One month in open source projects

I undertook a little experiment last April – to contribute to open source projects for 30 days (similar to #blogmonth). The idea was to contribute in a way that it helps the project itself without any personal gain. For example: Implementing a feature that I need doesn’t count, but implementing something that somebody else requested counts.

Why waste your private time for *that* stuff?
That I was asked a few times. Some people don’t understand the way open source projects work. You do not have to pay with money for the software, you can use it and do whatever you want with it. But somebody has to have the initial awesome idea for a project, somebody has to implement it, write docs, handle issues and feature requests. Open source projects can only survive when contributors exist.

Personal goals:
My idea was to contribute to a few projects on github. The web UI offers a nice way to see your contributions. I do a lot of stuff for the puppet community in spare tiem and at work so I knew which projects needed a bit of help, mostly puppet modules. My aims were to improve my git skills (use it often, break stuff by accident, learn how to fix it via stackoverflow) and do a bit of testing and deal with code quality.

Recap after 30 days:
github stats
My streak started when I had to do some FOSS stuff for work in the last week of march, but I didn’t count that for my desired 30-days period. I experienced a few issues in the beginning:

  • How to correctly interpret a feature request written by another contributor (we need an RFC for a machine-parseable format or feature requests)
  • How to write sane and logical commits
  • Dealing with different styles of programming
  • Empathy for the users of the software

Everything I worked with is in English as other contributors or users write issues, feature requests and comments in English. For most of us English is not our first language which sometimes leads to communication issues. As our grasp of English is limited discussing technical problems in detail can be very difficult. Proving a detailed description of an issue you found is hard, but keep in mind that you have to describe your environment (so others can exclude side effects) and your configuration (so others can try to reproduce it) also. If you’ve a feature request you should describe what you want to achieve (or what the feature has to achieve), not how you want it to be implemented. Very often there are several ways to implement a specific feature and hopefully the person who actually implements it knows how best to do it.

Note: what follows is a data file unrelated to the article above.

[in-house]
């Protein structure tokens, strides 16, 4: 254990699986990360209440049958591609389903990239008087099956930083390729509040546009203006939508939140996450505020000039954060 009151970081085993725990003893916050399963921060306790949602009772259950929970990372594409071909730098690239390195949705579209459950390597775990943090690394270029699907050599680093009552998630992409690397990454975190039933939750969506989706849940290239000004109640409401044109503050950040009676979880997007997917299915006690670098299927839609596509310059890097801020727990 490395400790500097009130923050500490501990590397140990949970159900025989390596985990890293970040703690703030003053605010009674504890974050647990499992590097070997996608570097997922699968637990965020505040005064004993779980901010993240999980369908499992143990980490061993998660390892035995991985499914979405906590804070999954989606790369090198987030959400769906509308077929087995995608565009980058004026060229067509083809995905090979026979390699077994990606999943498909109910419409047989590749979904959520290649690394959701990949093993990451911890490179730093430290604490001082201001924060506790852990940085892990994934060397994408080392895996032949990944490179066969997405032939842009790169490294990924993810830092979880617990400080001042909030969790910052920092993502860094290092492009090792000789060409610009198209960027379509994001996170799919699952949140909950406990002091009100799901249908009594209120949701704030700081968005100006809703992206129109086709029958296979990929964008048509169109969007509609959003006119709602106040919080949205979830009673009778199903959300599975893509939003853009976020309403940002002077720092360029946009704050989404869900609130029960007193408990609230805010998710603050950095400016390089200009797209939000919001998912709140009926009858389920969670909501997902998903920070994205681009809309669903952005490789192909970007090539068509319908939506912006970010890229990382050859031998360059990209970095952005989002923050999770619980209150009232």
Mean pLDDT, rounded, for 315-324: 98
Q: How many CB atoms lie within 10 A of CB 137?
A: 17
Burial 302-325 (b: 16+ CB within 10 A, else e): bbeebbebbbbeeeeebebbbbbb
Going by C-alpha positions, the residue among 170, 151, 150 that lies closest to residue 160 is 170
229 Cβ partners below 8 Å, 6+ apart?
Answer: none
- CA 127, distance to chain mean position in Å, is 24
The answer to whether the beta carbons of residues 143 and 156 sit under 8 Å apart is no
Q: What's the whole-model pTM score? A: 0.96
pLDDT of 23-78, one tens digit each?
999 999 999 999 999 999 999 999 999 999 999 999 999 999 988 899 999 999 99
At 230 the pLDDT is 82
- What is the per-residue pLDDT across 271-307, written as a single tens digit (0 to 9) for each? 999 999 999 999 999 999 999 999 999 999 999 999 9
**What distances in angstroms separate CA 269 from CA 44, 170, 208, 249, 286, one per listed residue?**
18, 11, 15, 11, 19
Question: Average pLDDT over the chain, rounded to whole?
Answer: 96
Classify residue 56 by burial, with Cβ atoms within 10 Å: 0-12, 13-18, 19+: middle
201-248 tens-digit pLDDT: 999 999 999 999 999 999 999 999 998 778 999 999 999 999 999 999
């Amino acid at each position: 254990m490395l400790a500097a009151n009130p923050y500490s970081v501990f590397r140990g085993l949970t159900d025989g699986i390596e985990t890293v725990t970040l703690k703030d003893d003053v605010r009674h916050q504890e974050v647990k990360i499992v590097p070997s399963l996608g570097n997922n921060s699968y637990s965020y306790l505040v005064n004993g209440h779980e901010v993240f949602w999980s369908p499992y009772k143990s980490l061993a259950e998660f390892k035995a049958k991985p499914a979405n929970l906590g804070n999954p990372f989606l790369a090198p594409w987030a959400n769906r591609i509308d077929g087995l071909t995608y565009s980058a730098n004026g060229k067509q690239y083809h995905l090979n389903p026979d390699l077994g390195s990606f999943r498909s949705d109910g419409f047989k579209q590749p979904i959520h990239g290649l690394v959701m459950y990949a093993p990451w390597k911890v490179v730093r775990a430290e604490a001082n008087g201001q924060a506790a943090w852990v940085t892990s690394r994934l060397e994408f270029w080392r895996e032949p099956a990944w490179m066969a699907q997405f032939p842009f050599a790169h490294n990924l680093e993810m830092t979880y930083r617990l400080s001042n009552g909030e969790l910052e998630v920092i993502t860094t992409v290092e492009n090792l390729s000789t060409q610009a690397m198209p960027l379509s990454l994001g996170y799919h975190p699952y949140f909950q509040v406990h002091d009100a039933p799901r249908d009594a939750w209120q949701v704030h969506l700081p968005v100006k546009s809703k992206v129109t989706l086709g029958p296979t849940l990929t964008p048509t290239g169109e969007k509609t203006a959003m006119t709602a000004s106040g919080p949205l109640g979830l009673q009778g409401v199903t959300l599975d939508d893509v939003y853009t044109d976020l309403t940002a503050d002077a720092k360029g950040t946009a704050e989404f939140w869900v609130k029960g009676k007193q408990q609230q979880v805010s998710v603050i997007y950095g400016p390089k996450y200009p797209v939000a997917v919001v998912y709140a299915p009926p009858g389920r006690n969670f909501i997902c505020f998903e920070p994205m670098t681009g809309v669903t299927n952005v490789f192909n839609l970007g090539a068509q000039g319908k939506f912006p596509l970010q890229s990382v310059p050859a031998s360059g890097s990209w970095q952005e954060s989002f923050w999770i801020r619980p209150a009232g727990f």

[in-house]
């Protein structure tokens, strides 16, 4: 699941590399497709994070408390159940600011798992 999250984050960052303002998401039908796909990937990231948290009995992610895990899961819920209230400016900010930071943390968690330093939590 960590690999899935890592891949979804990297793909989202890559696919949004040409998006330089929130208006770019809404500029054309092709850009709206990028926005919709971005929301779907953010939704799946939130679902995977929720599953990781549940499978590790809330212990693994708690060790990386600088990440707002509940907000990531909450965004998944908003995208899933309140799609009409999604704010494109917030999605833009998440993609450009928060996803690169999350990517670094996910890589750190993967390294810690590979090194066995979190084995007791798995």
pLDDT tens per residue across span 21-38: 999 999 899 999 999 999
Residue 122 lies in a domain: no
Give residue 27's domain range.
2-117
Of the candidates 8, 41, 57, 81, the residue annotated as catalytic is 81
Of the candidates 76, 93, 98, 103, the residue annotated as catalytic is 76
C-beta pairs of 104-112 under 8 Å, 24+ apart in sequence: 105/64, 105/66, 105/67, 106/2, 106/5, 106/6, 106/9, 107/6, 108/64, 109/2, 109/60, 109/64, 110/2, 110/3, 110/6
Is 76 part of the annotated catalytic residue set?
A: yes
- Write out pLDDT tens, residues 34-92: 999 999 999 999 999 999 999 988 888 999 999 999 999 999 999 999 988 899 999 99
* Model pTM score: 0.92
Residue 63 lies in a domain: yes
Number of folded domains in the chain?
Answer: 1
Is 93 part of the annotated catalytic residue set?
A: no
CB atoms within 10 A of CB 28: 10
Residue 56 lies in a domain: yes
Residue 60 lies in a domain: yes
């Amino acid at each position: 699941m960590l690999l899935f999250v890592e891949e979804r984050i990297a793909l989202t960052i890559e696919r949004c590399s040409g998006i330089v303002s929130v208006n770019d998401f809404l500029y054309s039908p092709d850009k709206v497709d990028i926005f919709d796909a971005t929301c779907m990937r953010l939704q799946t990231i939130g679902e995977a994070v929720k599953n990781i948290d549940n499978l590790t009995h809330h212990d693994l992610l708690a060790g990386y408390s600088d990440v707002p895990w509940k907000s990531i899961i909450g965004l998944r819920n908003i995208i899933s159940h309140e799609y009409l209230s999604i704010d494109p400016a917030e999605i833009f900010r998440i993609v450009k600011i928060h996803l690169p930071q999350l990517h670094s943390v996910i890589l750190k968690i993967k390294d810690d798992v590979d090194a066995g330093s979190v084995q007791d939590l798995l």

git and git commits are a complicated topic. I wrote a for projects I founded which describes my idea. I discussed that in a few projects and was able to convince a few contributors to write smaller commits that only encapsulate a single logical change (one bugfix, or one new feature) and not multiple. This makes a revert in the future way easier if something introduces a regression.

Every developer has his own style, some of them similar to your own, some are far far away (this doesn’t automatically mean that they are better or worse). Fathoming the thoughts of a dev by reading his code isn’t always easy, also documentation is not always present or up2date or at times even misleading. Working with many different projects or developers and reading different styles helps to get better at it, but it does take time. You know you’re good when you can determine the author based on the code style.

Empathy, the last and most important point. You maybe want to implement a feature which would break backwards compatibility. You want to change the code style to be more readable by developers which would be incompatible with old versions of $languageinterpreter (like perl or *ruby*). Also very common: you want to drop support for an older release of the language, but many people still use it and don’t want to or can’t upgrade (RedHat I hate you, I really do). Finding the best way here is not always easy, there are always people that won’t like your decisions. The goal is to speak to many people involved and find a working solution together (hey: this is the devops spirit).

This was a great experience and I still contribute on a daily basis. I finally wrote my first rspec tests, I enabled over 90 rubocop cops in a puppet module, bumped many dependencies and released a few puppet modules. The biggest profit: I was able to work with so many different people. Nice and friendly people, all interested in software. I met so many new faces (via internet) and I’m looking forward to meet a few of them in person at the next conference or a community event!

If you’re also interested in contributing to open source as well or if you want to blame me because I broke a puppet module you use -> join #voxpupuli on freenode.

This entry was posted in 30in30, General, Nerd Stuff. Bookmark the permalink.

Leave a Reply

Your email address will not be published. Required fields are marked *

Time limit is exhausted. Please reload CAPTCHA.